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Pros: Captures visual and audio data to better assess discussions.
Cons: The larger the group, the harder it is to keep track of speakers. Tracking is limited to one group at a time.
Bottom Line: If used delicately, this is a potentially eye-opening tool that can help teachers modify discussions.
Teachers can use Equity Maps to build students' communication skills: active listening, restating, responding, respect. It'll work best in small groups. Train students to take on the role of group observer; they'll be responsible for tracking the discussion via the app but not talking. After discussions, the group observer can share feedback (perhaps after consulting with a teacher). This role can rotate around the classroom until everyone has had a chance to be both a participant and an observer. Alongside these sessions, teachers could discuss the importance of developing good communication skills, being inclusive, and being mindful that your voice is only one of many that deserve to be heard. To model this learning process, teachers might have a student observe them teaching a lesson, tracking direct instruction vs. student discussion.
The data available may provide some useful insights into how equally students participate and whether or not the balance favors certain student identities, personalities, or affiliations. Since seeing these trends or even biases in real time is a challenge, the tool could do a lot to reveal patterns that lead to more self-reflection. However, to make use of this data, teachers must put in some time up front to create the right markers and to be aware of what they're measuring and why. It's also important to take time to see how patterns evolve over a few sessions, and to make sure to not be judgmental of students. Poor interventions could further stifle discussion. In this way, Equity Maps is most useful as a reference for thoughtful and kind intervention that takes more into account than what's on the app.
Equity Maps - Chart Dialogue is an iPad and macOS app that enables teachers to track speakers and behaviors during small- or large-group conversations. Teachers choose from a limited number of seating configurations and add participants (male, female, or nonbinary options) who populate the room (via names and symbols like you'd see on a restroom door). Teachers can drag and place these icons in seats. Once everyone is seated, teachers tap Record to start the session, and tap the symbols as students speak. Each tap draws a line or curve to the next participant, allowing teachers to see the flow of the discussion, including who's oversharing and who's being left out. Buttons at the top of the screen allow for tracking things like silence, chaos, teacher talk, media, and more. There's also a chance to add notes in case there's something from the discussion worth revisiting.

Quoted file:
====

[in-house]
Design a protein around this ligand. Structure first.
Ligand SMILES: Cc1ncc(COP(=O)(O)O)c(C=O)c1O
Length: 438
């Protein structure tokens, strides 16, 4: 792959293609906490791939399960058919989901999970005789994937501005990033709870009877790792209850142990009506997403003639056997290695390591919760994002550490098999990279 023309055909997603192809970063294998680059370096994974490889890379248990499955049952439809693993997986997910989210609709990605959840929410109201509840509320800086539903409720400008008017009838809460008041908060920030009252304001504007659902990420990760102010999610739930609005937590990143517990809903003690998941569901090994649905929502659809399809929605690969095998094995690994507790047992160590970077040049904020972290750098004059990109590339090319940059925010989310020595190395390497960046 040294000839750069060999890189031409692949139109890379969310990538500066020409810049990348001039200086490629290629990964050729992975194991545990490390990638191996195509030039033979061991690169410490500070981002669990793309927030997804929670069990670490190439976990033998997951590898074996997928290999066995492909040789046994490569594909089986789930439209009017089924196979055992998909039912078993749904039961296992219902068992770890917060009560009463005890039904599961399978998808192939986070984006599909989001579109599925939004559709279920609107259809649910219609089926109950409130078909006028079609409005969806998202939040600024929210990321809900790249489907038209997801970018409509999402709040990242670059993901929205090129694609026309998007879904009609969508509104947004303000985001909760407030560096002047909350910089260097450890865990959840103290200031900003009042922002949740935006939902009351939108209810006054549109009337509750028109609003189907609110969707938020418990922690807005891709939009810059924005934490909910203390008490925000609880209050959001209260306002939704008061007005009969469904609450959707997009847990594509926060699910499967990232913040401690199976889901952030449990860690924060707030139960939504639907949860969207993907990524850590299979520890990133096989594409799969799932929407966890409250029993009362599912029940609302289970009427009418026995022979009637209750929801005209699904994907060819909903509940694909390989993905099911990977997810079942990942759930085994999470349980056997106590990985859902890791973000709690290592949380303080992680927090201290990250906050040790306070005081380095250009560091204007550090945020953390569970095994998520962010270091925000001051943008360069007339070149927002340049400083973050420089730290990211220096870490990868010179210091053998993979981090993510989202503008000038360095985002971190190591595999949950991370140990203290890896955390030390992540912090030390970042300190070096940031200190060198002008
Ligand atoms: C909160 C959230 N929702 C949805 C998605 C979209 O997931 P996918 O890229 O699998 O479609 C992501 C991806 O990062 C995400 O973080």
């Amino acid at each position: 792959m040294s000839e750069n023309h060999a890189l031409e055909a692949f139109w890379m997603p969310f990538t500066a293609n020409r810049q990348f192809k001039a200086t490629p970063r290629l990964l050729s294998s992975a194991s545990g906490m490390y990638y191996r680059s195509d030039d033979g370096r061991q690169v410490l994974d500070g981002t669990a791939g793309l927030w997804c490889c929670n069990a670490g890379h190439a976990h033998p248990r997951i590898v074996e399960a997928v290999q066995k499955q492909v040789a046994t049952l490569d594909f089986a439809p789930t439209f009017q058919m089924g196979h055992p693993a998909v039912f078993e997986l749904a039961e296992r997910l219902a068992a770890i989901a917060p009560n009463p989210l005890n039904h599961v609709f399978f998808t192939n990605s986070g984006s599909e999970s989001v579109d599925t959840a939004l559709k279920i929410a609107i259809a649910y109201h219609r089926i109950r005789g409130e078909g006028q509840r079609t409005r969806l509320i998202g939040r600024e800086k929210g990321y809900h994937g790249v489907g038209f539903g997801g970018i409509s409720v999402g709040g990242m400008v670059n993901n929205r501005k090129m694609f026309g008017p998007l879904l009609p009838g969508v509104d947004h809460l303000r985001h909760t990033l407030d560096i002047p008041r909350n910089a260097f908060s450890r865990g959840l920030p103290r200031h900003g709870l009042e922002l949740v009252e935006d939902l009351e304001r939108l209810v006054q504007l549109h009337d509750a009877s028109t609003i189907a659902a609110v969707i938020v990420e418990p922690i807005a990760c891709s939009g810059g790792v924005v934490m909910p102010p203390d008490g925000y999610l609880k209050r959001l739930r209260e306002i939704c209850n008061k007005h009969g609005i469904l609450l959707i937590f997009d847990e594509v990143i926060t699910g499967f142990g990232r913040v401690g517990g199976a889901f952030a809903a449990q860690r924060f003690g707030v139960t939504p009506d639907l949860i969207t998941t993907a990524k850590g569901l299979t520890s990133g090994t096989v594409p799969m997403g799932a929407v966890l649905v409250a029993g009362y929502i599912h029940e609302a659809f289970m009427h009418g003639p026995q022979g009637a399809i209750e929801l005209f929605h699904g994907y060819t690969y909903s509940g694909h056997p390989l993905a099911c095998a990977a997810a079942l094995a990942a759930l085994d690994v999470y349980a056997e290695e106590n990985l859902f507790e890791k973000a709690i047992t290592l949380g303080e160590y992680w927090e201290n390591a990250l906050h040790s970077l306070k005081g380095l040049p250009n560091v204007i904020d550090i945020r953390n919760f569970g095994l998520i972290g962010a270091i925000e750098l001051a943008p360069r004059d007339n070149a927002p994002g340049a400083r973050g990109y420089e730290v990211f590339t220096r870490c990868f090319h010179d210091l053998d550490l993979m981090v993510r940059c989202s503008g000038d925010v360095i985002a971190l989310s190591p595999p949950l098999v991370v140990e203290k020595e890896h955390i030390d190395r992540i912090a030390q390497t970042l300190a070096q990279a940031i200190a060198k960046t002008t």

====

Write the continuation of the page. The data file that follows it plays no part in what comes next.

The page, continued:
The Premium version has a Checknotes feature that lets teachers track positive behaviors, such as redirecting dialogue constructively and citing references, as well as negative behaviors, like going off topic and interrupting. At the end of each session, teachers can play back the recording and view individual and group data about the conversation.
Equity Maps can be a novel way for teachers to track and better assess students' group communication skills and habits, but teachers will have to be consistent and build in time to reflect on what the data says. Teachers will also need to be patient and thoughtful with using the data. Is a talkative student dominating discussion, or just overeager? Is a quiet student feeling silenced, or just someone who takes a lot of time to process and needs an opportunity at the very end to speak up?
Still, mindful and well-structured use of Equity Maps could help students build valuable self-control and self-awareness skills. Students should be made aware that they're being recorded, given appropriate expectations, assured that this is being done in a nonjudgmental way, and offered concrete ways to improve based on what teachers observe. Unfortunately, this kind of support isn't offered, so it'll be up to teachers to test and develop best practices. For instance, students in younger grades might practice taking turns and not interrupting others, while older students learn about reflective communication, clarity, and conversational patterns. Teachers could offer lessons on these skills and then host discussions, with Equity Maps, to give students practice time and feedback.
Smaller groups will likely be a better fit until students learn the nuances of how to have a productive, respectful discussion. As students learn and practice new skills, it'll get easier to track who's saying what when the group size increases. One caveat, however: It's easy to get so distracted by tracking the conversation that you stop listening to the conversation's content. For this reason, it'd be ideal to have a student, classroom volunteer, or teaching assistant run the sessions while teachers facilitate.